Sunday sit-down with…Dr Sara Walker
After the government published their Hydrogen Strategy last month – which outlined that hydrogen could be used to heat as many as 3 million homes by 2030 – we caught up with the Director of The Centre for Energy to understand what this could mean for us in the battle against global warming
It’s not as though we really needed our memories jogged, but if the extreme flooding in London and recent wildfires in Greece and Turkey have served as a reminder of anything, it’s that we all need to be doing everything we can to tackle the global warming crisis. Now.
Luckily, the urgency of this message is starting to get through to our government. Last month, the Department for Business, Energy & Industrial Strategy published the UK Hydrogen Strategy, which sets out their approach to developing a thriving, low-carbon hydrogen sector in the UK to reduce our carbon emissions and help battle climate change.
One point above all others in this strategy stood out to us – that, by 2030, hydrogen could be used to heat as many as 3 million homes.
Would we decide whether we made that switch? Is it safe? Would we notice the difference? What would a change to hydrogen heating mean for us as individuals? And could a straight swap really be as energy-efficient as the government would have us believe?
Well, we’re no experts. Luckily in our line of work, though, we know a few. That’s why we got in touch with Dr. Sara Walker, Director of The Centre for Energy, to find out a little more….
The UK Hydrogen Strategy has suggested that hydrogen could be used to heat as many as 3 million British homes by 2030. Is this likely to actually happen?
The strategy has set out plans for testing the use of hydrogen in up to 67,000 homes by 2030. They think the amount of hydrogen they can produce by 2030 is the equivalent of what 3 million homes might use, but the plan is for that amount to mainly be used in industry and in some transport applications.
What kind of industries would use hydrogen?
You can use hydrogen as a chemical feedstock, so there’s already demand within some chemical industries for hydrogen. We’re also looking at whether hydrogen can be used in steelmaking to decarbonise the production of steel, so that industry could potentially be a big user of hydrogen too.
But any industry where there’s a big demand for heat, really – instead of using natural gas for high-temperature gas furnaces, we could potentially use hydrogen.
How does hydrogen work as a source of heat?
Any combustion process needs a fuel, a source of ignition and oxygen for the “burn” to happen. The chemical composition of natural gas is CH4, so there’s already hydrogen in there, alongside carbon. When you use natural gas in a boiler you’re combusting it, and a natural by-product of that process is carbon dioxide. But if you are using purely hydrogen, then the by-product of the combustion process is water. That’s why it’s seen to be a relatively clean fuel, because it doesn’t have any carbon associated with it.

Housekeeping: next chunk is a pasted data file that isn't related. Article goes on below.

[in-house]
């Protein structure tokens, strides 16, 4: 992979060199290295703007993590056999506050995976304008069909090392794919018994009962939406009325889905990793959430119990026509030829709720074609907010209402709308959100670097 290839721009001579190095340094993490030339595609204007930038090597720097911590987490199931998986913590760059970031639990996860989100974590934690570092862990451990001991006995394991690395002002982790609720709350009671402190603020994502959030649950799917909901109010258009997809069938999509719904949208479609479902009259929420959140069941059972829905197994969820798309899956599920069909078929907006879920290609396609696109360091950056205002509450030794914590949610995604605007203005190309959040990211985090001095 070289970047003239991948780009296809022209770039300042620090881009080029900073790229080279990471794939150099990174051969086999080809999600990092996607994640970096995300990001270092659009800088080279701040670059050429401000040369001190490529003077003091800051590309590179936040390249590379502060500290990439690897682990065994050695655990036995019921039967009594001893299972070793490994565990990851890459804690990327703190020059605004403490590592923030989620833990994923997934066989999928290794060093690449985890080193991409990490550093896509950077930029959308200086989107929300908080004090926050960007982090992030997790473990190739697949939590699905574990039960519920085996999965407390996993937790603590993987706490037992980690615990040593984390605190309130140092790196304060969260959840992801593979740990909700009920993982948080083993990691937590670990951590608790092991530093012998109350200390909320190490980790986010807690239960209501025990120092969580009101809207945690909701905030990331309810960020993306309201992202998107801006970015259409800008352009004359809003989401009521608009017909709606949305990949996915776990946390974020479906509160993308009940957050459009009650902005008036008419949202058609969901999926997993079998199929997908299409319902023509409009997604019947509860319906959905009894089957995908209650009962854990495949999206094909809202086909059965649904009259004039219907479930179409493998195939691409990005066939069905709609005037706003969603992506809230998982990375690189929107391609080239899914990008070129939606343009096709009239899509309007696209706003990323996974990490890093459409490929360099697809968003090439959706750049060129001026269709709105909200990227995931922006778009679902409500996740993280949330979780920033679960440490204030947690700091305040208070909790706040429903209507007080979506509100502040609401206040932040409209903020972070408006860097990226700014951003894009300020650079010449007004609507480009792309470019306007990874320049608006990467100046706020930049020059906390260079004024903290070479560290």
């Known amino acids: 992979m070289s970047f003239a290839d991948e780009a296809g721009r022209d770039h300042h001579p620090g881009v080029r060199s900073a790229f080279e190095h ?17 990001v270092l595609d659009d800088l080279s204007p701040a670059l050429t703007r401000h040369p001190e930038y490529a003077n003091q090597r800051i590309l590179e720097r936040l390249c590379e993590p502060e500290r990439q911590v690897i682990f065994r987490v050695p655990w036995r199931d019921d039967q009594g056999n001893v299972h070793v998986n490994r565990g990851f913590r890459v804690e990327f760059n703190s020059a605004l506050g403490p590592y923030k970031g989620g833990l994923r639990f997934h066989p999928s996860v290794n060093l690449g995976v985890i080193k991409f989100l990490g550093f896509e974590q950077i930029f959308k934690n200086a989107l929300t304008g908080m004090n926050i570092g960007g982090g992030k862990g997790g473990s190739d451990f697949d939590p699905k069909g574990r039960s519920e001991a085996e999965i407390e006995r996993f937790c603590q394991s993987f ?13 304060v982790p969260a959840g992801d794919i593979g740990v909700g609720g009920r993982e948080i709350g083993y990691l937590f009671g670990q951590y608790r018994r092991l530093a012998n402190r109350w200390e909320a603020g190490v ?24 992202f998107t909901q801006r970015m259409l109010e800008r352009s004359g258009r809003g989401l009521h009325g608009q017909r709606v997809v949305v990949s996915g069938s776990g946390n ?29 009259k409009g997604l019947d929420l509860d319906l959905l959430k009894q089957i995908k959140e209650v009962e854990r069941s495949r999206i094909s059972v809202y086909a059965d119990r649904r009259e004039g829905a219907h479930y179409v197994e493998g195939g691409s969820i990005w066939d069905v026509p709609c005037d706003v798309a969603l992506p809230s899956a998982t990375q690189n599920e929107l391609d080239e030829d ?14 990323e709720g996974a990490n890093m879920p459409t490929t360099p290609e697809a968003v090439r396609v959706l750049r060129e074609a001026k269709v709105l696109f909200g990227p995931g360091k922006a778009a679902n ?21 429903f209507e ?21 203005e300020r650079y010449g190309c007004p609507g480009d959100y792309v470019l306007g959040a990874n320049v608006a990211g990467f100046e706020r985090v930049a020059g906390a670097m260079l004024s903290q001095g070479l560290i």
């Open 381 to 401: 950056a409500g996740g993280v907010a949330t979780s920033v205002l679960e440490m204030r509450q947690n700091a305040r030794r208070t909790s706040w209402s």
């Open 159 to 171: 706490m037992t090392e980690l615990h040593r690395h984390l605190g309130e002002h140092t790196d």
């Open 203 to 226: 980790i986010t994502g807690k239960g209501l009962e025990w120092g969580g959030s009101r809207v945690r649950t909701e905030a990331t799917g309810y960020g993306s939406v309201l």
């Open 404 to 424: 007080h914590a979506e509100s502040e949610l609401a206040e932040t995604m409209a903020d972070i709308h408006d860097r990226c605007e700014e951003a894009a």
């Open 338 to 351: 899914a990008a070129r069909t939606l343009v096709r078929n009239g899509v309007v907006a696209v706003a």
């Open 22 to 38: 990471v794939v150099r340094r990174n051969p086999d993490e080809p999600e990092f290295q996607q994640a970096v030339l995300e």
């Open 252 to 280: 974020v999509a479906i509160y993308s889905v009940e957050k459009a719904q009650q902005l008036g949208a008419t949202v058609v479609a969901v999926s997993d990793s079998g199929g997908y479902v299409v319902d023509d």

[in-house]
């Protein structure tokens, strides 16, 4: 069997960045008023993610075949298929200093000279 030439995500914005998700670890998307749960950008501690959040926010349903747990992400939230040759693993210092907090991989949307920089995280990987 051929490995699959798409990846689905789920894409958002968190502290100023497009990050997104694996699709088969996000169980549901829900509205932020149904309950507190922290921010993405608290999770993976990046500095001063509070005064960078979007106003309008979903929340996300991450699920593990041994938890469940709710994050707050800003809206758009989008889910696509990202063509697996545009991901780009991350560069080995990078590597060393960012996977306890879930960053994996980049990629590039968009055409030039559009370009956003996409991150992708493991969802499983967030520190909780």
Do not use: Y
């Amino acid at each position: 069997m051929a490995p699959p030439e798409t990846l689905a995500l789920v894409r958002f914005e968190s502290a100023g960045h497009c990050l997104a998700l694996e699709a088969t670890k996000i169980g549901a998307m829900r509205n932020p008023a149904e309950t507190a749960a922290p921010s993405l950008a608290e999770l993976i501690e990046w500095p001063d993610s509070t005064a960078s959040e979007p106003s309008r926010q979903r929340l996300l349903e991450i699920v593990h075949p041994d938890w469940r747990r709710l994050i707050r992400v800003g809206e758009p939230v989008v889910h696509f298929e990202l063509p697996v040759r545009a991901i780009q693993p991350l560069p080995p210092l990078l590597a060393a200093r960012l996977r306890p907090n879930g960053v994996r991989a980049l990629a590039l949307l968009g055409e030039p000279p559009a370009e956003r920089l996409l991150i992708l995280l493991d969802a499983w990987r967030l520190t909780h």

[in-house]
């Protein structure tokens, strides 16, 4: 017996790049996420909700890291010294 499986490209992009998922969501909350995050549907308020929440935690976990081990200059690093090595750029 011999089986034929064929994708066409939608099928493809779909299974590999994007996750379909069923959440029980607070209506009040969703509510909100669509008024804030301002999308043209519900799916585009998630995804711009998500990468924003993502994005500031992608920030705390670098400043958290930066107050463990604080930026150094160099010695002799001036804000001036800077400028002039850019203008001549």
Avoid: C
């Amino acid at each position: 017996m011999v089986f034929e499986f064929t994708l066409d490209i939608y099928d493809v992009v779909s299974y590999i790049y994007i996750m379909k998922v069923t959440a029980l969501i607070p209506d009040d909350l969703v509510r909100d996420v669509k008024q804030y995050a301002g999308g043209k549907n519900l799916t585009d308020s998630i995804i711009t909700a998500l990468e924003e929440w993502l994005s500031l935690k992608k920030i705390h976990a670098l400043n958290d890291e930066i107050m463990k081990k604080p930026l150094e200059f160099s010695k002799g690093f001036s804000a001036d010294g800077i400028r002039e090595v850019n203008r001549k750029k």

Where is pure hydrogen sourced from?
Very little hydrogen occurs on its own naturally. It tends to be within other molecules that we then need to break down. At the moment, around 95% of hydrogen is created by breaking up natural gas. You separate the carbon and the hydrogen in natural gas using a chemical process and store the carbon using carbon capture, keeping carbon emissions relatively low. This is what they call “low-carbon hydrogen” in the Hydrogen Strategy.
The other thing you can do is take water – which we know has hydrogen and oxygen in – and pass electricity through it. This creates a process called “electrolysis”, which breaks the hydrogen and oxygen up into their separate elements. If you use renewable energy to generate the electricity and use the electricity to split the water into its two elements, that’s what’s called “green hydrogen” – because you’re not producing any carbon in that process at all. That’s the cleanest way that we can create hydrogen, but it’s not a very efficient process.
Is it likely, then, that most of the hydrogen we generate by 2030 will come from breaking down natural gas?
Yes. The government has a target of creating 15 Gigawatts of hydrogen by 2030, and it thinks that the green electricity systems that are planned – and which could be operating by then – will account for around 5 Gigawatts. So it’s not going to be more than a third of the hydrogen we produce that will come from green sources. It’s much more likely that we’ll mostly be using what we call “blue hydrogen”, where we break down natural gas and capture the carbon.